In this lookbook, we’ve collected eight home interiors with entryways, including a home in Devon with clay walls and a double-height entryway in Mexico.
Entrance can be described as the room that is located directly inside the main entrance to the home.
These rooms are often hallways that lead to several different rooms in the home. They are typically where the first impression is made and can set the tone for the rest of the home.
This is the latest in our lookbook series, which provides visual inspiration from Dezeen’s archive. For more inspiration, see past lookbooks featuring bathrooms with colorful features, homes with cross-laminated wood and mix-and-match flooring.
Timian, Sweden, by Johan Sundberg Architecture
In this home in an apple orchard in Lund, Swedish practice Johan Sundberg Arkitektur applied a modern finish to the 1920s villa by adding an extension that contrasted with its 20th-century style.
Plywood cladding covers the home’s interior and is paired with glass surfaces in the home’s entrance. A large courtyard window was placed above the entrance to the home, which is marked by a simple wooden glass door.
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Mill House, Malta, by Valentino Architects
Architectural studio Valentino Architects transformed a collection of 16th-century stone buildings in Malta into a family home surrounding a central courtyard.
From a large wooden door, original stone arches line the home’s entrance above a polished concrete floor that runs throughout the building. A large planter decorates the entrance and visually links to the history of the original villa from the 1920s.
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Casa Tres Árboles, Mexico, by direction
Renovated by Mexican studio Direccion, this home in Valle de Bravo, Mexico was designed to celebrate natural materials, the contrasts of light and shadow, and convey a sense of refuge and retreat.
The entrance at Casa Tres Árboles has a wide span and a double height, which allows the light to be drawn into the room. Like the rest of the home, the room was decorated with a simplistic but rustic interior palette and uses black microcement and wood across the floor.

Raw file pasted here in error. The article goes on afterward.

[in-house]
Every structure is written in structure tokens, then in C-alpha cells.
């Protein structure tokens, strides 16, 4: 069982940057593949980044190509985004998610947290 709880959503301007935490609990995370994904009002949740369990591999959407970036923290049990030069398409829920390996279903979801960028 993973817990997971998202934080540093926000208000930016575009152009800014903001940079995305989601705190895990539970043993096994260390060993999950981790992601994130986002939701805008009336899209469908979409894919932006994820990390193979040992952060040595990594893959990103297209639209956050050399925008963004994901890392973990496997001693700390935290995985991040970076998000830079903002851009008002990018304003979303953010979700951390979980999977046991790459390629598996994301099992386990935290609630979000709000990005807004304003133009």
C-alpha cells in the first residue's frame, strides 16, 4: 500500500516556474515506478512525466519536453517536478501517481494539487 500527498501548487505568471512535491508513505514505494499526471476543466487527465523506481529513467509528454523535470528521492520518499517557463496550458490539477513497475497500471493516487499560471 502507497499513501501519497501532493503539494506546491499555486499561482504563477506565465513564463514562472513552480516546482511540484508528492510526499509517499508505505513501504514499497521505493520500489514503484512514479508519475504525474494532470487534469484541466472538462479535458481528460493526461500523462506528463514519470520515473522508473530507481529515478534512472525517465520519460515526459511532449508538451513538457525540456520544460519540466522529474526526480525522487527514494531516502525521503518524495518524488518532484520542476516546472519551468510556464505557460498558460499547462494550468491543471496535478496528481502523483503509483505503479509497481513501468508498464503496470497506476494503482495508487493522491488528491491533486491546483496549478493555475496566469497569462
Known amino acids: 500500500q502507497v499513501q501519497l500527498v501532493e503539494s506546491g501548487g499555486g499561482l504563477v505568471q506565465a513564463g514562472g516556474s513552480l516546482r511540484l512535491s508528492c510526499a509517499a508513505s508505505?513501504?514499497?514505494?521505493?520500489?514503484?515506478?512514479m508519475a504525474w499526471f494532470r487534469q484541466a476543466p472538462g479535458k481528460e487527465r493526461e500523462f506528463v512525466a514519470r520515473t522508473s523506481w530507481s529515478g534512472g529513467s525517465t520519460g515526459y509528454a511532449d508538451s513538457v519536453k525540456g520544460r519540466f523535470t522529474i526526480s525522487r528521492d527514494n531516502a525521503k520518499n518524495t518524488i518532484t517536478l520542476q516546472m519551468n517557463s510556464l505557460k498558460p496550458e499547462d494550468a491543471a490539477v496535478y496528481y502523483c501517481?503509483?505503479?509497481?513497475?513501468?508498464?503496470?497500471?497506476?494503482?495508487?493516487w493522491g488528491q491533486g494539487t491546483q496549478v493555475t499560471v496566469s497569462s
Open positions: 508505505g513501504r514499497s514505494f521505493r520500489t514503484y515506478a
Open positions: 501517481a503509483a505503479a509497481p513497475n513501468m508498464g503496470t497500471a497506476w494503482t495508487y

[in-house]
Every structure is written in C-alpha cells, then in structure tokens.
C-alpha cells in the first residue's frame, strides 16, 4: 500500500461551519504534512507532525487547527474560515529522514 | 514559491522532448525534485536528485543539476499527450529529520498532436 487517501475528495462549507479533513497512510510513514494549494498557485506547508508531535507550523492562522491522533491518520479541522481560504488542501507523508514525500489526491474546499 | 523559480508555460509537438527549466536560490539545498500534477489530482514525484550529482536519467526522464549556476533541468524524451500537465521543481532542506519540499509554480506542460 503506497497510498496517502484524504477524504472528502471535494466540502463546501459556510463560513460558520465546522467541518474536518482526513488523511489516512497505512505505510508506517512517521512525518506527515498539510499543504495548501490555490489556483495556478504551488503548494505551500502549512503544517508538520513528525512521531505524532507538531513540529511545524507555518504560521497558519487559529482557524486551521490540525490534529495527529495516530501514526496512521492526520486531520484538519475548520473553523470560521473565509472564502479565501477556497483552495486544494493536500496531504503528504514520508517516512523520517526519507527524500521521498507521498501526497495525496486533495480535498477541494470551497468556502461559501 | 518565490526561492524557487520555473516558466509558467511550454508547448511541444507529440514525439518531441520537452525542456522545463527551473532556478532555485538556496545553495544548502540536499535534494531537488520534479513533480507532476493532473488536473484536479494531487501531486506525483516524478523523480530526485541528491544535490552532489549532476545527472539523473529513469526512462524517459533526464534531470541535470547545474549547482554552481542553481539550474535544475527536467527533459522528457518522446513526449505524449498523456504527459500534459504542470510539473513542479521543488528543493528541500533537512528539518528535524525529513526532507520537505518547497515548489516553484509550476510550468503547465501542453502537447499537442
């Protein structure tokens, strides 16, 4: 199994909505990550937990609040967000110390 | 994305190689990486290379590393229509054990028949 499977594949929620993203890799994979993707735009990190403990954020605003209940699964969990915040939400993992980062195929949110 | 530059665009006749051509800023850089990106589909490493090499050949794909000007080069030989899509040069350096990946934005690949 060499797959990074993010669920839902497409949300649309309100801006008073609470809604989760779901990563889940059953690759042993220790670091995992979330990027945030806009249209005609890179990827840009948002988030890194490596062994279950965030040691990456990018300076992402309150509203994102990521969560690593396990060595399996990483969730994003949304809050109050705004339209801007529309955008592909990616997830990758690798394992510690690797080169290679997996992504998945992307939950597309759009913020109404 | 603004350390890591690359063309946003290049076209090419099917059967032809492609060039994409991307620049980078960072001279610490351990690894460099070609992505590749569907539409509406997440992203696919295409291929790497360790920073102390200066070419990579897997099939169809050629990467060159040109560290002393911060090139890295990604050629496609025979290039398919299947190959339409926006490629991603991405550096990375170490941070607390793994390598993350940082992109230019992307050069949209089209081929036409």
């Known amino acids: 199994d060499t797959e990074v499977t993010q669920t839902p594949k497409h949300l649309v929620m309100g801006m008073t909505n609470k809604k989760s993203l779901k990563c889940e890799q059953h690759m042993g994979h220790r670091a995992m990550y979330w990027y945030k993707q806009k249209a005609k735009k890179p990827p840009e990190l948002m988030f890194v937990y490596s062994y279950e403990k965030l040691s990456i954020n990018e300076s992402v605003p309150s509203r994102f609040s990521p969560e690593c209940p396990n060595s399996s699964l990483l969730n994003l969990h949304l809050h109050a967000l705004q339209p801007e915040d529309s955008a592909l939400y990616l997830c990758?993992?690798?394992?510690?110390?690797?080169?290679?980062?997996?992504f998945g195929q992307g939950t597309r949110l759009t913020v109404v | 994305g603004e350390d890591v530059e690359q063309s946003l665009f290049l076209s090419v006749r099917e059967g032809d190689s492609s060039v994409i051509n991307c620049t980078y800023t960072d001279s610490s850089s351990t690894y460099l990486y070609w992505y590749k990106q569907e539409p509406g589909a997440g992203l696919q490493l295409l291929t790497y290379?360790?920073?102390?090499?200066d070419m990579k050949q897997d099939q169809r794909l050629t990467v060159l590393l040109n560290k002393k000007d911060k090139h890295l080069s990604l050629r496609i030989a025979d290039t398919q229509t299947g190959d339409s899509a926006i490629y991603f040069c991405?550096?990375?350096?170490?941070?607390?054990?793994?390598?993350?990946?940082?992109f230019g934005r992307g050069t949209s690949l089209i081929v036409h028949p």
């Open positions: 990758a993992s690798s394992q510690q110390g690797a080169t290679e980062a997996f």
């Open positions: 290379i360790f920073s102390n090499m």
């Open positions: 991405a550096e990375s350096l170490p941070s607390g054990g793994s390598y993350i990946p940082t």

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A Cloistered House, UK, by Turner Architects
The walls at the entrance to A Cloistered House by British studio Turner Architects were covered in pale sage green, allowing the home’s original dark wood floors to be the focal point of the space.
Dado railings, skirting boards and bow moldings were painted white to contrast against the green walls and highlight the classic details of the London home. A black-painted railing flanks the side of the wooden stairs.
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Count Duke apartment, Spain, by Sierra + De La Fig
Madrid-based architecture studio Sierra + De La Higuera renovated this apartment in its hometown, creating an open-plan living and dining room divided by a wood-paneled entrance hall.
Wood paneling covers the walls of the entryway and complements the mustard yellow glazed herringbone tiles that cover the floor of the room.
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Palace Gate apartment, UK, by Tala Fustok Studio
This apartment in a Victorian mansion block, which neighbors Hyde Park in the Royal Borough of Kensington and Chelsea, London, was transformed into a “tranquil sanctuary” by Tala Fustok Studio to balance the business of the city.
The entrance hall was decorated with a woven chair, a large Venetian mirror and a stone plinth sourced from the MAH Gallery in East London. A large vase from Flow Gallery was placed atop the plinth and hosts a single stem.
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Made from sand, UK, by Studio Weave
London architectural firm Studio Weave added a two-storey timber-clad extension to a stone house in Devon, England. The extension is designed to provide accommodation and work space for the customer’s family and visitors.
The interior of the extension and the walls of its entrance hall were clad in rust-colored clay with subtle curved edges that fit into the door frames and walls. A bench lined the wall in the entryway and was topped with two cushions.
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Washington DC home, USA, by Colleen Healey
A curved, tunnel-like hallway marks the entrance to this renovated home in Washington DC’s Logan Circle by the architectural firm Colleen Healey Architecture.
The white, tunnel-like entrance hall leads directly into an open kitchen-dining room and living room, which includes an exposed brick wall and diagonally laid floor, which helps to hide the house’s crooked walls.
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This is the latest in our lookbook series, which provides visual inspiration from Dezeen’s archive. For more inspiration, see past lookbooks featuring split-level living areas, residential elevators and concrete bathrooms.